Discover The Ultimate Vietnamese Coffee Kit
n its essence, what we call Vietnamese coffee (Cà phê sua dá or Cafe sua da) is a style. In Southeast Asia, coffee is a drink that is created one cup at a time. It is brewed at your table, during a meal, or as a beverage to drink while playing chess at tables in outside cafes, or during a work break.
Vietnamese coffee is also grown, dried, and roasted differently from coffee in other regions of the world. Its characteristic buttery, nutty and fruity flavor overtones are a part of the natural, ~100 day drying and ripening process that is still done manually, in one of the few climates of the world where natural drying under the sun is possible for such an extended period. In South America, for instance, coffee often has to be kiln-dried for part of this process, which affects the ripening and development of some of these flavor tones. The natural drying method is laborious and careful, and brings to the coffee flavors like none other in the world.
Coffee roasting in Southeast Asia is also a unique process, involving butter oil and techniques that bring out the highest development of flavor without over-roasting or burning the coffee.
Vietnam is a tropical country, and like most tropical countries they make liberal use of sweetened condensed milk for sweetening and creaming coffee and other beverages and desserts. This caramel sweetness is sometimes not fully stirred up into the brew, and is sipped at the end as a sweet, coffee-flavored treat. Note that unlike American sweetened condensed milk, Vietnamese brands have more milk and less sugar, so the coffee does not get too sweet for the amount of creaming desired.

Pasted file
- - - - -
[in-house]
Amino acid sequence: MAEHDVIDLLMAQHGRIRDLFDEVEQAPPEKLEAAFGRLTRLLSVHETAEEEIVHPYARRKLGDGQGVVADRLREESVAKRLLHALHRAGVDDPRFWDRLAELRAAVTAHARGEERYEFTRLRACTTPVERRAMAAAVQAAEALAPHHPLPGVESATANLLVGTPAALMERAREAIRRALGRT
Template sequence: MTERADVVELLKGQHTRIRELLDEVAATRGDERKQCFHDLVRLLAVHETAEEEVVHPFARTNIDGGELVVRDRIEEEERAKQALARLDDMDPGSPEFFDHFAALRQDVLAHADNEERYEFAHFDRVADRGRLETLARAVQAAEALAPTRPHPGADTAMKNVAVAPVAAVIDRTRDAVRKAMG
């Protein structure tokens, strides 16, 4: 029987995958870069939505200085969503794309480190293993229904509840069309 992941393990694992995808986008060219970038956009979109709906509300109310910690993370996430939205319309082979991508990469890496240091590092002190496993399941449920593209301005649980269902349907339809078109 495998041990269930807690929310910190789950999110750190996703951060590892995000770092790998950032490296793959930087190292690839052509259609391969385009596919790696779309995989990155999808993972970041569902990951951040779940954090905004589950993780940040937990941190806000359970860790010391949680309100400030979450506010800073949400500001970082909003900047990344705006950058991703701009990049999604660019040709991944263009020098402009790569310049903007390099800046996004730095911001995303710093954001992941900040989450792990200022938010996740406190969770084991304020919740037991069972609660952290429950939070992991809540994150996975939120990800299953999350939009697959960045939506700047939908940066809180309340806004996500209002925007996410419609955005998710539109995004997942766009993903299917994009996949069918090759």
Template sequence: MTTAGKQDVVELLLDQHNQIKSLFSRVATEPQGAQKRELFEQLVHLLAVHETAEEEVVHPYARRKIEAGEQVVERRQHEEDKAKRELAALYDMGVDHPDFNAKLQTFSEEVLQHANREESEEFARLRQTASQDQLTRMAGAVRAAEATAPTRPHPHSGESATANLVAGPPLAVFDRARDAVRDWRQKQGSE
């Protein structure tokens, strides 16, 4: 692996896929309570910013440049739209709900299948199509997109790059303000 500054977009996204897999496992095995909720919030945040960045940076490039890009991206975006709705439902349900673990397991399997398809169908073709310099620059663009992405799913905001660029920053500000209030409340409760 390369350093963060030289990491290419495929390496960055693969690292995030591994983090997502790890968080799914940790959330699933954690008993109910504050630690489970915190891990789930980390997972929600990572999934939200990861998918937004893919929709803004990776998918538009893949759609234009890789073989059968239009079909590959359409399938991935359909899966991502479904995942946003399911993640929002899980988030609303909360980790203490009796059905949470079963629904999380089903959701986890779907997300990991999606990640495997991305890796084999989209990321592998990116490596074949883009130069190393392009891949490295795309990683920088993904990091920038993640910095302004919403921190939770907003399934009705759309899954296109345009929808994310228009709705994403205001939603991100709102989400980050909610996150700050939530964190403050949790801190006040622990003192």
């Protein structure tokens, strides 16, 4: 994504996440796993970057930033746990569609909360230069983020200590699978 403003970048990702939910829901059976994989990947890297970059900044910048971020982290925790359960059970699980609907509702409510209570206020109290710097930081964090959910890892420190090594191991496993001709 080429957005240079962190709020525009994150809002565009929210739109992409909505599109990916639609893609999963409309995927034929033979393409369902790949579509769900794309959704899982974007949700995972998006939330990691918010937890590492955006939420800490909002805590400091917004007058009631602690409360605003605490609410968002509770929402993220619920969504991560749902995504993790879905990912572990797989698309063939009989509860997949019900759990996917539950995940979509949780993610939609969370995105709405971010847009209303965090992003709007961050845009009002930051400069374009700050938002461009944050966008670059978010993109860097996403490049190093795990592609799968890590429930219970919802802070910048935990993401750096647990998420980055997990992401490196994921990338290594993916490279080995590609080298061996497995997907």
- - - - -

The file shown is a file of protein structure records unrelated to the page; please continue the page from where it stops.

Many people who have been treated to a cup of Vietnamese style coffee have experienced this pleasure while traveling in Vietnam, or have been introduced to the coffee by a friend or native who has been there. Local tradition in the USA (begun in Louisiana), makes use of French Market or Cafe du Monde coffee with chicory because true Vietnamese coffee was not imported here for many years. But chicory is never used in Vietnam.
So, to duplicate the experience a traveler has in a coffee cafe in Vietnam, he or she should use the real ingredients:
1. Stainless steel single-cup filter
2. Sweetened condensed milk made in Vietnam (Longevity is a popular brand)
3. Trung Nguyen House Blend (called the Gourmet Blend in the new packaging)
The cafe-goer is most apt to try this coffee first in Vietnam, since it is the House Blend served at thousands of Trung Nguyen cafes and other locations.
4. Creation #2 Robusta Arabica, our most popular blend.
These are your ingredients to experience the full enjoyment of genuine Vietnamese-style coffee. The only other ingredient… is you, and the time to sit for a few minutes and brew yourself a cup of hand-crafted, unparalleled, delicious coffee.